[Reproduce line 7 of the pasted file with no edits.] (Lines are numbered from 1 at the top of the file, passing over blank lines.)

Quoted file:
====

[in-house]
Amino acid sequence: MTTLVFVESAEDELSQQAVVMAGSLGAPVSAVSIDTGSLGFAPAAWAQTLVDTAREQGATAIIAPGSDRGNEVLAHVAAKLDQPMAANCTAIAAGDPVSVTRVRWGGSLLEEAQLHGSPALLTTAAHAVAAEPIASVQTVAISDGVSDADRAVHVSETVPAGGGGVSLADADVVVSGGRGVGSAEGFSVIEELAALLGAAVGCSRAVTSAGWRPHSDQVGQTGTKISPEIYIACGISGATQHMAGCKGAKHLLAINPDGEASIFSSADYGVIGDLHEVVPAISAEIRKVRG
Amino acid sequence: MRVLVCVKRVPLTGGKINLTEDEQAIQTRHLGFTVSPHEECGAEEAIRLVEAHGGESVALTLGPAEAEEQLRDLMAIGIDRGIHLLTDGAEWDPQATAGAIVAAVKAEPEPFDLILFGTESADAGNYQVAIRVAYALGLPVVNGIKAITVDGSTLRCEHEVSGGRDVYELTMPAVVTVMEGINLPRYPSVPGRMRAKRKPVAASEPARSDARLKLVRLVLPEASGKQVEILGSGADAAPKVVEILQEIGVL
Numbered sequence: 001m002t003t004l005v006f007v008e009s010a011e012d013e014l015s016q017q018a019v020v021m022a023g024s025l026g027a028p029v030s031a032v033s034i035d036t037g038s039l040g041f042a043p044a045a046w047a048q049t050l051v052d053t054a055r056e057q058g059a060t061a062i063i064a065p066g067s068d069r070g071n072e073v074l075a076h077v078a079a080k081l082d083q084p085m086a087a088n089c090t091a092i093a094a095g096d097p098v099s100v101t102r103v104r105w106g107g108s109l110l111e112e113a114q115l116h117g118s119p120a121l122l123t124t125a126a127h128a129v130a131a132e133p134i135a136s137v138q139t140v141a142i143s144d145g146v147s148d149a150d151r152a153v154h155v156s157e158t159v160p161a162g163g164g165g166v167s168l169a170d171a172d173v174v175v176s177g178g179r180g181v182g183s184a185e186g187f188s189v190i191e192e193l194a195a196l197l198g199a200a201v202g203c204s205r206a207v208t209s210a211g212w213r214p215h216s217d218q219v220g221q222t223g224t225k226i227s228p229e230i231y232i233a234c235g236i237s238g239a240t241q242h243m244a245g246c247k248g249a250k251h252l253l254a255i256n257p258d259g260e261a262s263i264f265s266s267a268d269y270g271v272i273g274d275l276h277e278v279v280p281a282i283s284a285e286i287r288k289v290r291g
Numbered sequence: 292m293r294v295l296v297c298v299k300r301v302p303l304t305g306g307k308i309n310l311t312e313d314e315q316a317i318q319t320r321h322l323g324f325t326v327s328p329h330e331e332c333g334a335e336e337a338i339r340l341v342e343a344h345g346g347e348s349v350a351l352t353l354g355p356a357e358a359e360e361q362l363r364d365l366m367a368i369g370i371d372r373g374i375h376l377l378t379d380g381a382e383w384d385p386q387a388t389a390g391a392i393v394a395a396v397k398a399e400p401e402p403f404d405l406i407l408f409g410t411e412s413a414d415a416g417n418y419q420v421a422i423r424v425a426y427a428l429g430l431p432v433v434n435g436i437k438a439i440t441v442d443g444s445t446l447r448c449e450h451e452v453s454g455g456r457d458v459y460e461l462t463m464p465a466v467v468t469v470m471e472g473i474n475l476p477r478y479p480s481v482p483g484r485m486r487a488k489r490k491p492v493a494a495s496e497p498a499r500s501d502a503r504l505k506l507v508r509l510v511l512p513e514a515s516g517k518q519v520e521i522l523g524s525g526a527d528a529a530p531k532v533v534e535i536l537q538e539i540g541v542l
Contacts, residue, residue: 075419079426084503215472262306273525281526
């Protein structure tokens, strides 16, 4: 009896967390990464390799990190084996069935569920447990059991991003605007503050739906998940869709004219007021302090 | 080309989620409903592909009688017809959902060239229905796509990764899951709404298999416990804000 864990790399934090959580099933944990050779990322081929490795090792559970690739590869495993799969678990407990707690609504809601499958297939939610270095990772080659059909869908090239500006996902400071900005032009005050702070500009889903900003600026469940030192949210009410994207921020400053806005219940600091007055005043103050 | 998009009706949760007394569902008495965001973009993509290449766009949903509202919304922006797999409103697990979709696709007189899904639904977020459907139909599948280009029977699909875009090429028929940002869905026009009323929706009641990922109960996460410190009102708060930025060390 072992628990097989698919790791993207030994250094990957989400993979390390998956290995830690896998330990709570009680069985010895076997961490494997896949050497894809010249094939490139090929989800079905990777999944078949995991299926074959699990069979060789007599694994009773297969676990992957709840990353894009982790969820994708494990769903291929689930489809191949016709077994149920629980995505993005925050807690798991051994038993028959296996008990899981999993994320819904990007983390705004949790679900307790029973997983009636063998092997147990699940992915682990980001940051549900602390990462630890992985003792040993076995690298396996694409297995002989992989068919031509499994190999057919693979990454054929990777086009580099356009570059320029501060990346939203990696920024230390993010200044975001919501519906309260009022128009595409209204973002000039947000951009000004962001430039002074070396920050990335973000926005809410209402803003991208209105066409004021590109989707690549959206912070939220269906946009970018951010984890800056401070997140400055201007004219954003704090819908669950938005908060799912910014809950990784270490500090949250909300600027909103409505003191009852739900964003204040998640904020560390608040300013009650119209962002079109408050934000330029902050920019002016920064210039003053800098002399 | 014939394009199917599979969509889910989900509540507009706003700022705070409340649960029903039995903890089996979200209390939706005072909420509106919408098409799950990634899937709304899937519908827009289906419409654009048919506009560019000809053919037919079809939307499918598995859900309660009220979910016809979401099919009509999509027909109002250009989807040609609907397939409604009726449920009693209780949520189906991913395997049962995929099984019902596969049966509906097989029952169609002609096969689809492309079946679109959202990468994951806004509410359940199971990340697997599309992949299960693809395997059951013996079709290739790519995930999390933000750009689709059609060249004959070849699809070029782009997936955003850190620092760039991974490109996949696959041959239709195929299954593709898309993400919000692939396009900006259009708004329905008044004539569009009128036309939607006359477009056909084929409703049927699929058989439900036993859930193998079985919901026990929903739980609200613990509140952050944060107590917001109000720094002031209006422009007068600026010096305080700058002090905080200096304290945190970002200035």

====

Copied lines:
């Protein structure tokens, strides 16, 4: 009896967390990464390799990190084996069935569920447990059991991003605007503050739906998940869709004219007021302090 | 080309989620409903592909009688017809959902060239229905796509990764899951709404298999416990804000 864990790399934090959580099933944990050779990322081929490795090792559970690739590869495993799969678990407990707690609504809601499958297939939610270095990772080659059909869908090239500006996902400071900005032009005050702070500009889903900003600026469940030192949210009410994207921020400053806005219940600091007055005043103050 | 998009009706949760007394569902008495965001973009993509290449766009949903509202919304922006797999409103697990979709696709007189899904639904977020459907139909599948280009029977699909875009090429028929940002869905026009009323929706009641990922109960996460410190009102708060930025060390 072992628990097989698919790791993207030994250094990957989400993979390390998956290995830690896998330990709570009680069985010895076997961490494997896949050497894809010249094939490139090929989800079905990777999944078949995991299926074959699990069979060789007599694994009773297969676990992957709840990353894009982790969820994708494990769903291929689930489809191949016709077994149920629980995505993005925050807690798991051994038993028959296996008990899981999993994320819904990007983390705004949790679900307790029973997983009636063998092997147990699940992915682990980001940051549900602390990462630890992985003792040993076995690298396996694409297995002989992989068919031509499994190999057919693979990454054929990777086009580099356009570059320029501060990346939203990696920024230390993010200044975001919501519906309260009022128009595409209204973002000039947000951009000004962001430039002074070396920050990335973000926005809410209402803003991208209105066409004021590109989707690549959206912070939220269906946009970018951010984890800056401070997140400055201007004219954003704090819908669950938005908060799912910014809950990784270490500090949250909300600027909103409505003191009852739900964003204040998640904020560390608040300013009650119209962002079109408050934000330029902050920019002016920064210039003053800098002399 | 014939394009199917599979969509889910989900509540507009706003700022705070409340649960029903039995903890089996979200209390939706005072909420509106919408098409799950990634899937709304899937519908827009289906419409654009048919506009560019000809053919037919079809939307499918598995859900309660009220979910016809979401099919009509999509027909109002250009989807040609609907397939409604009726449920009693209780949520189906991913395997049962995929099984019902596969049966509906097989029952169609002609096969689809492309079946679109959202990468994951806004509410359940199971990340697997599309992949299960693809395997059951013996079709290739790519995930999390933000750009689709059609060249004959070849699809070029782009997936955003850190620092760039991974490109996949696959041959239709195929299954593709898309993400919000692939396009900006259009708004329905008044004539569009009128036309939607006359477009056909084929409703049927699929058989439900036993859930193998079985919901026990929903739980609200613990509140952050944060107590917001109000720094002031209006422009007068600026010096305080700058002090905080200096304290945190970002200035």